2
/CO conversion (Eq. 18
and 19)reactions.
CO þH2OH2þCO2ð12Þ
CH4þH2O3H2þCO ð13Þ
2CO þ2H2CH4þCO2ð14Þ
C10H8þ16H210CH4ð15Þ
C10H8þ10H2O10CO þ14H2ð16Þ
C10H8þ20H2O10CO2þ24H2ð17Þ
C10H8þ10CO224CO2þ4H2Oð18Þ
C10H8þ10CO220CO þ4H2ð19Þ
2.5 Solver validation
The solver has been validated in two phases:
(i) Validation phase I considering the comparison to another
in-house solver based on the method of Lagrangian
multipliers
(ii) Validation phase II considering the comparison to pub-
lished experimental and alternative model results
2.5.1 Validation phase I
Within the first validation phase, the system dynamic solver
was compared with another in-house solver, which is based on
amorecommonapproach to find chemical equilibria by
minimization of global Gibbs free energy. The said model
thus only considers the equilibrium state which is calculated
by using the method Lagrangian multipliers as seen in
Shabbar et al. [43]. There, the global Gibbs free energy and
deviations in atomic species balances are minimized by the
introduction and consequential minimization of a Lagrange
function L(see Eq. 20).
L¼
i
ΔGiþ
j
λj
i
ai;jNib0
j
 ð20Þ
The Lagrange function consists of two components: one
expresses the sum of all Gibbs free energies of formation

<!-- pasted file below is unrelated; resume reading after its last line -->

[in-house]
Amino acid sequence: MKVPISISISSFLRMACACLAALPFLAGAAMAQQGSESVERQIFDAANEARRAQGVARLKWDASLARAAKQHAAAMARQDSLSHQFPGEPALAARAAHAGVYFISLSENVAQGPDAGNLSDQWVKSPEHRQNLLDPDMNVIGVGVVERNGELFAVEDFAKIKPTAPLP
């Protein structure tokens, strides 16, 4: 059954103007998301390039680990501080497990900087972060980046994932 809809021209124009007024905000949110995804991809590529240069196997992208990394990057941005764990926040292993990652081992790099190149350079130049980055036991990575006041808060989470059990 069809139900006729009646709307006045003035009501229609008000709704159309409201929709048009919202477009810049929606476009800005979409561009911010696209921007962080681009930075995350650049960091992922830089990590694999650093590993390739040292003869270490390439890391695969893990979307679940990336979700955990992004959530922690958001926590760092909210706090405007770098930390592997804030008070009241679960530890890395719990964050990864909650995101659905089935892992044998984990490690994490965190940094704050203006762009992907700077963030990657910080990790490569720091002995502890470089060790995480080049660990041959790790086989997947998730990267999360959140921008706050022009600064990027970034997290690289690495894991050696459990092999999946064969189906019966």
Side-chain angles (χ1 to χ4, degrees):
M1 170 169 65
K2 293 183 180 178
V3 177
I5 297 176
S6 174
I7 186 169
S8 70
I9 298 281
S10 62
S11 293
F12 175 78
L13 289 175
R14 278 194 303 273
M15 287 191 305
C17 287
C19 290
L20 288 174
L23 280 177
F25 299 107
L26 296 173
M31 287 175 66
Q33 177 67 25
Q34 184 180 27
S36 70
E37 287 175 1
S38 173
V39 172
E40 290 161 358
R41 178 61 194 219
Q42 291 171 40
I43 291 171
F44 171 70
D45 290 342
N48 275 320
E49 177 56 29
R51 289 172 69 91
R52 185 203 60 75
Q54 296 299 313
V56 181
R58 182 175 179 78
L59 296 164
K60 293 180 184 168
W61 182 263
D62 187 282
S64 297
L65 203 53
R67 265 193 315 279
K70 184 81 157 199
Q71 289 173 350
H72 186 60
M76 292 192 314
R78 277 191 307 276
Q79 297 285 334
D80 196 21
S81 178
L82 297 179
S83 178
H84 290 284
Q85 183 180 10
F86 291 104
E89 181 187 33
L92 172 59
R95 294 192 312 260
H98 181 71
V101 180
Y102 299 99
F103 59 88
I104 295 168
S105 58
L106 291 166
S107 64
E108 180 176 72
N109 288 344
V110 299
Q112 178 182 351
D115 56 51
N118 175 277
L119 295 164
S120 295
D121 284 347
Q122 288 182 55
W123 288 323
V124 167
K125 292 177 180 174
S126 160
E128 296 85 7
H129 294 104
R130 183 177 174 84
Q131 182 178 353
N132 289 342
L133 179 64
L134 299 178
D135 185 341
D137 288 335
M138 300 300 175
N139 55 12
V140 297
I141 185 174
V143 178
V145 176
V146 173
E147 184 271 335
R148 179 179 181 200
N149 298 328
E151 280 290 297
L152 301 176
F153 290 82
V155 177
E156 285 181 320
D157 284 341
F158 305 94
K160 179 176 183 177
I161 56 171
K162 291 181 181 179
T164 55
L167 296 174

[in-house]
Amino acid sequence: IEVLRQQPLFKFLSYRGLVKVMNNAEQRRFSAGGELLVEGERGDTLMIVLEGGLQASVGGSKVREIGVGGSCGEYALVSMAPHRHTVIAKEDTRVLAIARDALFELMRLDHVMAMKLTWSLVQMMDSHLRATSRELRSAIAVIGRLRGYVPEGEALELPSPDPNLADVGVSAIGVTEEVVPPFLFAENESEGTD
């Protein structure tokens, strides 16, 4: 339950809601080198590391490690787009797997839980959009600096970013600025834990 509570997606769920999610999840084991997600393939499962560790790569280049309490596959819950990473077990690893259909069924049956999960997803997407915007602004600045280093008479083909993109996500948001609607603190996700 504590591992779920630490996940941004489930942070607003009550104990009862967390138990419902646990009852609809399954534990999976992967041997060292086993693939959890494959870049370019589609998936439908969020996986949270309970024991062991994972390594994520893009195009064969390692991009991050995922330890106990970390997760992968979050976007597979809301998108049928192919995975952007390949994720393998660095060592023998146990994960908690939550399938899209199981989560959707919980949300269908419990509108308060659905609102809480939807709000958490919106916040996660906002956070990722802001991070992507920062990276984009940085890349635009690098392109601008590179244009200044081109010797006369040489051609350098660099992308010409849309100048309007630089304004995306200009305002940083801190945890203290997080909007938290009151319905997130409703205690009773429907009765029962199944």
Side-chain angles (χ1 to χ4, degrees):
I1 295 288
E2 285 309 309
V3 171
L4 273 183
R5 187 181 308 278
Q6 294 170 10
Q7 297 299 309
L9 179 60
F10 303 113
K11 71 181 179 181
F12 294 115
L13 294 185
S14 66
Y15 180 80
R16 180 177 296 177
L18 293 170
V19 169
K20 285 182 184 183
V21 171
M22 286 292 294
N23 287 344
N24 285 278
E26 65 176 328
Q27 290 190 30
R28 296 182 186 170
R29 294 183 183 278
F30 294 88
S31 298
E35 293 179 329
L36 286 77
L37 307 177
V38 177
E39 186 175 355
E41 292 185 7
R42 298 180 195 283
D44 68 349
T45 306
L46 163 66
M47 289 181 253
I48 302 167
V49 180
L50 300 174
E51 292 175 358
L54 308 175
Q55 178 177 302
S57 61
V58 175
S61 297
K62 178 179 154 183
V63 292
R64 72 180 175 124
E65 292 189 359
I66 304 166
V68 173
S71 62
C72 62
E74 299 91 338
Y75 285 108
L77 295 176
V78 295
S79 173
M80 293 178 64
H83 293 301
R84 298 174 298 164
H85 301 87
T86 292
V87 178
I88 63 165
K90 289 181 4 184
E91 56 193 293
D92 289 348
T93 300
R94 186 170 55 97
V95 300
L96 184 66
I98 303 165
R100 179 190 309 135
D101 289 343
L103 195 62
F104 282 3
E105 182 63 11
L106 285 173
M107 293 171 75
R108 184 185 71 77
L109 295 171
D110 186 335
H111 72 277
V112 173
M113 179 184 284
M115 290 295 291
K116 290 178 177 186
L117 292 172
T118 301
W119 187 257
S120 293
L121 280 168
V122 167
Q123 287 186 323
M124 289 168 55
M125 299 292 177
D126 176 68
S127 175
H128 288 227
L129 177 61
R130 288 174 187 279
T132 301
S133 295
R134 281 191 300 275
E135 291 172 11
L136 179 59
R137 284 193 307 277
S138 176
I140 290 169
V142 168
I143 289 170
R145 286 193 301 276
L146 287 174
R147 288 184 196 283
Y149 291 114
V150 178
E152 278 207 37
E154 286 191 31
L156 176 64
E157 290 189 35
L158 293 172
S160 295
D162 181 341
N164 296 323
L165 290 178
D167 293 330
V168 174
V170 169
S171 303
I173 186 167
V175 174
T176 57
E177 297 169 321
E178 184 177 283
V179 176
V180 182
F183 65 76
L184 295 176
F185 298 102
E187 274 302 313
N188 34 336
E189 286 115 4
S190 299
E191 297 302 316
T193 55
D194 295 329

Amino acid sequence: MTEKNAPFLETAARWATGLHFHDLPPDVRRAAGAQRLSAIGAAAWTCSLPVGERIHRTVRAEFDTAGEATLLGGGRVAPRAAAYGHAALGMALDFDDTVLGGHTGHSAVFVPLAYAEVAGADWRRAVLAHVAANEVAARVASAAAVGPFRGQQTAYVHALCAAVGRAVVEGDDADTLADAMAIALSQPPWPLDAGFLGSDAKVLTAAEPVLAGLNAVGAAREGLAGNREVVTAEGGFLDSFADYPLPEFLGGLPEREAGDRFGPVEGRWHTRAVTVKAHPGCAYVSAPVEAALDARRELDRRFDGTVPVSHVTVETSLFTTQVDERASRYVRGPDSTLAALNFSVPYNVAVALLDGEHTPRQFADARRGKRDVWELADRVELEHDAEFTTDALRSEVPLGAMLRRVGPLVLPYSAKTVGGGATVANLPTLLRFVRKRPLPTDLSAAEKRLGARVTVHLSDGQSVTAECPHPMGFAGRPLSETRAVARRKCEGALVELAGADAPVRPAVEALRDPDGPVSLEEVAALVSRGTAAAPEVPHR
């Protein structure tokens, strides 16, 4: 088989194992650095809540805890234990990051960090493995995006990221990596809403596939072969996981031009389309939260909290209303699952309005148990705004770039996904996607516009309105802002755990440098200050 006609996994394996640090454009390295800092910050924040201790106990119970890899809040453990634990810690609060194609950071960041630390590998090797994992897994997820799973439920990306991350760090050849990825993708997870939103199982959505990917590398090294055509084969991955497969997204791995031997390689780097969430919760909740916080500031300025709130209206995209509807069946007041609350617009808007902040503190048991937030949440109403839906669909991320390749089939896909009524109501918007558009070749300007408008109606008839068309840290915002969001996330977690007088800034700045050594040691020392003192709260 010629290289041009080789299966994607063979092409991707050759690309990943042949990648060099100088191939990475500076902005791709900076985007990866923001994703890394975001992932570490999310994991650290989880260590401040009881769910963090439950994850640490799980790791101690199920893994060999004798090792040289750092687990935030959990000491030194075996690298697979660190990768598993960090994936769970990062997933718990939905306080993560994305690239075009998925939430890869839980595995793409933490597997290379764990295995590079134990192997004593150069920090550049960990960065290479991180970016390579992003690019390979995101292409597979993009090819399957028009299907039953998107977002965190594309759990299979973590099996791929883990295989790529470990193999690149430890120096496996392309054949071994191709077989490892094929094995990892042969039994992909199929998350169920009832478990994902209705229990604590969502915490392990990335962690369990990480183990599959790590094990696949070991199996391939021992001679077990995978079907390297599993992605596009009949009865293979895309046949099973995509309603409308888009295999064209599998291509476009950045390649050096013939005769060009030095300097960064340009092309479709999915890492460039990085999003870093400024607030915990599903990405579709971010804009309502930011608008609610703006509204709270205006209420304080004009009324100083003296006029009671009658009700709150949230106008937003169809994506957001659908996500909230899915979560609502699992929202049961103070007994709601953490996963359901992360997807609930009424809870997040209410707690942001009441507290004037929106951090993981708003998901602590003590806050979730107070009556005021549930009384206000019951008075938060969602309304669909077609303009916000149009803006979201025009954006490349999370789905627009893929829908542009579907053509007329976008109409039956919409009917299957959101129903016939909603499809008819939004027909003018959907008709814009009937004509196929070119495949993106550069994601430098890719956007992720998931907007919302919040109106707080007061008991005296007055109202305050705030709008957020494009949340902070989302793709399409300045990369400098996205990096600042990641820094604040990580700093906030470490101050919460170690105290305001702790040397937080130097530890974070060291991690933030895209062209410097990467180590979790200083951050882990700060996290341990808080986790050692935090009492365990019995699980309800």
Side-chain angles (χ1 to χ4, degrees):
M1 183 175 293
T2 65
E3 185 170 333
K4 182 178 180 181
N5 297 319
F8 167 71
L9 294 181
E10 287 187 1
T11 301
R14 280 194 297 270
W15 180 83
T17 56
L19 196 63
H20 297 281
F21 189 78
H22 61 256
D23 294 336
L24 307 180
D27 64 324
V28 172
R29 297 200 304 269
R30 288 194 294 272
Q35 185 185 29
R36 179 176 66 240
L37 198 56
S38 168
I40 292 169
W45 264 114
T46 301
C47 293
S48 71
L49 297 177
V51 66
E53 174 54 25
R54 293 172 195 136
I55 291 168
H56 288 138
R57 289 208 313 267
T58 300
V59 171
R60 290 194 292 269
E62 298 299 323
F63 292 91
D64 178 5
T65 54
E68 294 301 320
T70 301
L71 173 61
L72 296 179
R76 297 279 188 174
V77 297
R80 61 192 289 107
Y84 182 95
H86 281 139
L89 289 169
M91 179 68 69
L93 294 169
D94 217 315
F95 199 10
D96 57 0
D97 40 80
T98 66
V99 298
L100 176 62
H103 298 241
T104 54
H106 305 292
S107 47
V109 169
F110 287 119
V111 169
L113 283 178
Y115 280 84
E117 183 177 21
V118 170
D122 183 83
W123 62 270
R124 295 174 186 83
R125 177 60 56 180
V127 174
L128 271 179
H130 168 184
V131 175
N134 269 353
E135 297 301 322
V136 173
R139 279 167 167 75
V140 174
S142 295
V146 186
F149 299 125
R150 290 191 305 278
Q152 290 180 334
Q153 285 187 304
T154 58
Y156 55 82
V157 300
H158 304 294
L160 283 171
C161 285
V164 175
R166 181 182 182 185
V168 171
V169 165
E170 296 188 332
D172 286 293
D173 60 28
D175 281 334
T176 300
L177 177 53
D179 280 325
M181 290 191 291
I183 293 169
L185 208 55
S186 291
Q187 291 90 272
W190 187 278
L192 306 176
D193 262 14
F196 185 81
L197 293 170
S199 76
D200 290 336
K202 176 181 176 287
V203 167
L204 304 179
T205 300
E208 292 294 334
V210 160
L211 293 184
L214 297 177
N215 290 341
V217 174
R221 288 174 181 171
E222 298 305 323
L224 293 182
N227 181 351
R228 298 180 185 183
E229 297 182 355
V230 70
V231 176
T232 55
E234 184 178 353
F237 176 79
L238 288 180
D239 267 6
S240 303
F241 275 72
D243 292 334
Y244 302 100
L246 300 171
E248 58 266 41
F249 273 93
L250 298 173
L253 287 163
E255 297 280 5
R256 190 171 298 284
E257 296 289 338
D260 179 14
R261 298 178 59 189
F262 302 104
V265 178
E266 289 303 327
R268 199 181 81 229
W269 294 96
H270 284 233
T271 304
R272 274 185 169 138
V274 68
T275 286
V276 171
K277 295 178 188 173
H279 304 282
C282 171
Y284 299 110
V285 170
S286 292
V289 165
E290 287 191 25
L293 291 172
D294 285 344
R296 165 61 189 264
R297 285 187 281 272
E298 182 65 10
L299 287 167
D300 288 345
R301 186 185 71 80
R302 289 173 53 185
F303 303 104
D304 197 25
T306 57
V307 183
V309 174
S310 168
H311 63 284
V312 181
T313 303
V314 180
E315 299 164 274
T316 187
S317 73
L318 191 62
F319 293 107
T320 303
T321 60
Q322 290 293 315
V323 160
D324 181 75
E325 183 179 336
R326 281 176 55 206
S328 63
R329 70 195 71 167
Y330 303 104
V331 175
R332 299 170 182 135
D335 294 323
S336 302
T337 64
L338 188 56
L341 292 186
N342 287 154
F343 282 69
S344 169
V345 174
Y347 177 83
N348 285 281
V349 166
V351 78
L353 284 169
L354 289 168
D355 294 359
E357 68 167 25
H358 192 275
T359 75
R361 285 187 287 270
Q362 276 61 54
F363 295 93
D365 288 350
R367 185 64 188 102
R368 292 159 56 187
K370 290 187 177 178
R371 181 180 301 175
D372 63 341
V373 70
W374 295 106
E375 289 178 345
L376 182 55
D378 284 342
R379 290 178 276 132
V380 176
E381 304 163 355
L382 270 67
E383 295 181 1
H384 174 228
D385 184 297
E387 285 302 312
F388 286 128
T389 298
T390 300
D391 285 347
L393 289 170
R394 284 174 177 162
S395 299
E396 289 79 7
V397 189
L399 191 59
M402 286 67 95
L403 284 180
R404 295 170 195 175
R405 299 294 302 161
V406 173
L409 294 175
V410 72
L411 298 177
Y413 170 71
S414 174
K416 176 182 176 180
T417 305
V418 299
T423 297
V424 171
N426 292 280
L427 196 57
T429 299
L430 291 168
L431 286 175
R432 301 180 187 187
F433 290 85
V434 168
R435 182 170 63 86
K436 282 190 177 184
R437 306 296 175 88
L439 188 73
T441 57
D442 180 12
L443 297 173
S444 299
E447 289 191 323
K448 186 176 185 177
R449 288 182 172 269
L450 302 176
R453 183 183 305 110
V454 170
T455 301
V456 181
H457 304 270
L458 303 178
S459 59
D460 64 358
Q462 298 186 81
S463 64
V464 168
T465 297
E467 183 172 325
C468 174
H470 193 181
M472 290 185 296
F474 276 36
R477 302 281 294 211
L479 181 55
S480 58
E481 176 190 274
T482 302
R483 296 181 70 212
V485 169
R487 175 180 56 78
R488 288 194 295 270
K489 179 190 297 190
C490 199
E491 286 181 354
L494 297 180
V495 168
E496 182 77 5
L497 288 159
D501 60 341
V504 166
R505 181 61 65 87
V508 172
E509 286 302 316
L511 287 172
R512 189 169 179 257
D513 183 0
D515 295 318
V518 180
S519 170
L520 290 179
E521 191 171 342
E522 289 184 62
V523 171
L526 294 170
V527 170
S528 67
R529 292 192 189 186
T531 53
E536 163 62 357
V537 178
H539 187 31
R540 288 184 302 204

ΔG
i
of all molecular species i, while the other stands for the
jatomic species balances. Thereby, λ
j
and b
0
j
are the
Lagrangian multiplier and the input rate of atomic species j
respectively, a
i,j
is the number of atoms jper molecular spe-
cies i,andN
i
is the total number of molecules per molecular
species.
Figure 2compares the results of the Lagrange approach to
the hereby-presented system dynamic solver in terms of cal-
culated tar-free homogeneous producer gas equilibria compo-
sitions at p=10
5
Pa,anoxygentohydrogenratioofR
O/H
=1,
and a temperature range of 375 K T1350 K. It clearly
shows very good correspondence of the results. Discounting
gas compounds with molar fractions below 10
3
, the maxi-
mum encountered relative deviation over the entire relevant
temperature spectrum amounts to 3.1% of calculated molar
fractions. This particular deviation occurred at T=1025K,
where the system dynamic model yielded x
CH4
= 0.02990
while the Lagrangian equilibrium solver yielded x
CH4
=
0.02897.
43Biomass Conv. Bioref. (2021) 11:39–56
Content courtesy of Springer Nature, terms of use apply. Rights reserved.
Additional aspects of the validation procedure within vali-
dation phase I have already been published in Boiger [10].
2.5.2 Validation phase II
Within the second validation phase, the system dynamic